1.2. Objects, not Drawings

Inventor focuses on creating 3D objects. All information about these objects—their shape, size, coloring, surface texture, location in 3D space—is stored in a scene database. This information can be used in a variety of ways. The most common use is to display, or render, an image of the 3D objects on the screen.

For many 3D graphics packages, this image is the ultimate goal—a photorealistic representation on the screen of a 3D scene. But what if a user wants to move one of the objects to a different location, and perhaps view another object from a slightly different viewpoint? What if the user wants to experiment with a different range of colors for the objects and the background of the scene? What if a chemist wants to rearrange how two molecules align with each other? What if an airplane designer wants to redesign the curve of the airplane's wing? If the image exists only as a drawing on the screen, the programmer must write complicated code to implement these functions. Additional code is required to animate parts of the scene. With Open Inventor, the ability to make these changes is built into the programming model. Changing the objects in the scene, adding to the scene, and interacting with the objects becomes a simple process because such changes are part of Inventor's well-defined interface, and because they are anticipated by Inventor's basic design.

Using Database Objects in a Variety of Ways

Because the Inventor database holds information about the objects as they exist in their own 3D “world,” not just as a 2D array of pixels drawn on the screen, other operations in addition to rendering can be performed on the objects. The objects in the scene can be picked, highlighted, and manipulated as discrete entities. Bounding-box calculations can be performed on them. They can be printed, searched for, read from a file, and written to a file. Each of these built-in operations opens up a flexible and powerful arena for the application programmer. In addition, this programming model is intuitive because it is based on the physical and mechanical world we live in.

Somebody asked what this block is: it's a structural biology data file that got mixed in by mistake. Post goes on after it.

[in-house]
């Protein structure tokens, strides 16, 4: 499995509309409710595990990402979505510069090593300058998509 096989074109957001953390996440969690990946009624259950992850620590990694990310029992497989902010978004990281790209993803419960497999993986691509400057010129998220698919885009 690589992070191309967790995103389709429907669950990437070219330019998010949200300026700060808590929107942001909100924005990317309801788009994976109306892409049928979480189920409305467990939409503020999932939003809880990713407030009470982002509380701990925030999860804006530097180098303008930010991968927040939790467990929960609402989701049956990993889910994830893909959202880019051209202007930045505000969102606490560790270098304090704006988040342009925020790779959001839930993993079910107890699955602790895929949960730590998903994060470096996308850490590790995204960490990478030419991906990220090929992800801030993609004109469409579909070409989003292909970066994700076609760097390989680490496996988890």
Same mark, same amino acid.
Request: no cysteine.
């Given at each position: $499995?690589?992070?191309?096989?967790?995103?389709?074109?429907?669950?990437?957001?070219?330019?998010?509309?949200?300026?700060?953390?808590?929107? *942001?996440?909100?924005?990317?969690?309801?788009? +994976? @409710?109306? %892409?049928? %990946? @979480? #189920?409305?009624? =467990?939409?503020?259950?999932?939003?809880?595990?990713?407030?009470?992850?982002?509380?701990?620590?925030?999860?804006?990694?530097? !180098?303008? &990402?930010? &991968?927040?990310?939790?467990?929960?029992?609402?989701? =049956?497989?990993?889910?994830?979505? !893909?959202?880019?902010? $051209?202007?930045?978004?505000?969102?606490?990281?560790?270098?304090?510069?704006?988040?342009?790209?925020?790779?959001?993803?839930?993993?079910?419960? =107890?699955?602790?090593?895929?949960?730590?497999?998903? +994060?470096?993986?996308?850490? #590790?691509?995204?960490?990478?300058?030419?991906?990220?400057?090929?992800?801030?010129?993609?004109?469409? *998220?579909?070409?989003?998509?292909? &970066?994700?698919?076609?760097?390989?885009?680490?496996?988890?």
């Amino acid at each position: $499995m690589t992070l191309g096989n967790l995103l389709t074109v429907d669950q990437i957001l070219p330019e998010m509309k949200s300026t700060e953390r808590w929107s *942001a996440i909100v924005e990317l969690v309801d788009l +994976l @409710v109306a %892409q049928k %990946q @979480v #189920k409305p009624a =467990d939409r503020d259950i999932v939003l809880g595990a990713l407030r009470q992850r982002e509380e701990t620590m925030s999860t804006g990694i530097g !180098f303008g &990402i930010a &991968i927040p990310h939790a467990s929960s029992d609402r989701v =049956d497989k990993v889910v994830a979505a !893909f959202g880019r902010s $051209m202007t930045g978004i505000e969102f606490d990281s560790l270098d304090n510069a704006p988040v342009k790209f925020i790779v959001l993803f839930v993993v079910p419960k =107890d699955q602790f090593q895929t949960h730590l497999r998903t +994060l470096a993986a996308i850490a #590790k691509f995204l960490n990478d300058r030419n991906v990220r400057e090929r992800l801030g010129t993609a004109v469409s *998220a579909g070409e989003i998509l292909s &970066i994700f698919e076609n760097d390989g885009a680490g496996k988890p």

Animation

Inventor objects can also encapsulate behavior into the description stored in the scene database. Example 1.1, “ File Describing a Spinning Windmill , an excerpt from an Inventor file, describes a windmill whose blades spin at a specified rate. When this file is read into an Inventor program and displayed on the screen, the windmill is drawn and the blades are animated. No additional application code is used to make the blades spin; this description is part of the windmill object itself. Figure 1.2, “ Windmill shows an image of this windmill.

Windmill

Figure 1.2.  Windmill



Example 1.1.  File Describing a Spinning Windmill

#Inventor V2.0 ascii

Separator {
   Separator { 
      RotationXYZ {	
         axis Z
         angle 0 =
            ElapsedTime {	# Engine to rotate blades
               speed 0.4
            }
            . timeOut	# Engine output connected to 
                     	# angle of rotation
      }
      Transform {
         translation 0 0 0.5
      }
      Separator {	# Shaft for blades
         Material {
            diffuseColor 0.05 0.05 0.05
         }
         Transform {
            rotation 1 0 0 1.5708
            scaleFactor 0.2 0.5 0.2
         }
         Cylinder {
         }
      }
      DEF Blade Separator {	# Blade geometry and properties
         Transform {	# Blade interior
            translation 0.45 2.9 0.2
            rotation 0 1 0 0.3
         }
         Separator {
            Transform {
               scaleFactor 0.6 2.5 0.02
            }
            Material {
               diffuseColor 0.5 0.3 0.1
               transparency 0.3
            }
            Cube {
            }
         }
         Separator {		# Blade frame
            # .... (Details omitted)	
         }
     }
     Separator {		# Second blade
        RotationXYZ {
           axis Z
           angle 1.5708
        }
        USE Blade
      }
      Separator {		# Third blade
         RotationXYZ {
            axis Z
            angle 3.14159
        }
        USE Blade
      }
      Separator {		# Fourth blade
         RotationXYZ {
            axis Z
            angle -1.5708
         }
         USE Blade
      }
   }
   Separator { 	# Windmill tower
      	# ... (Details omitted)
   }
}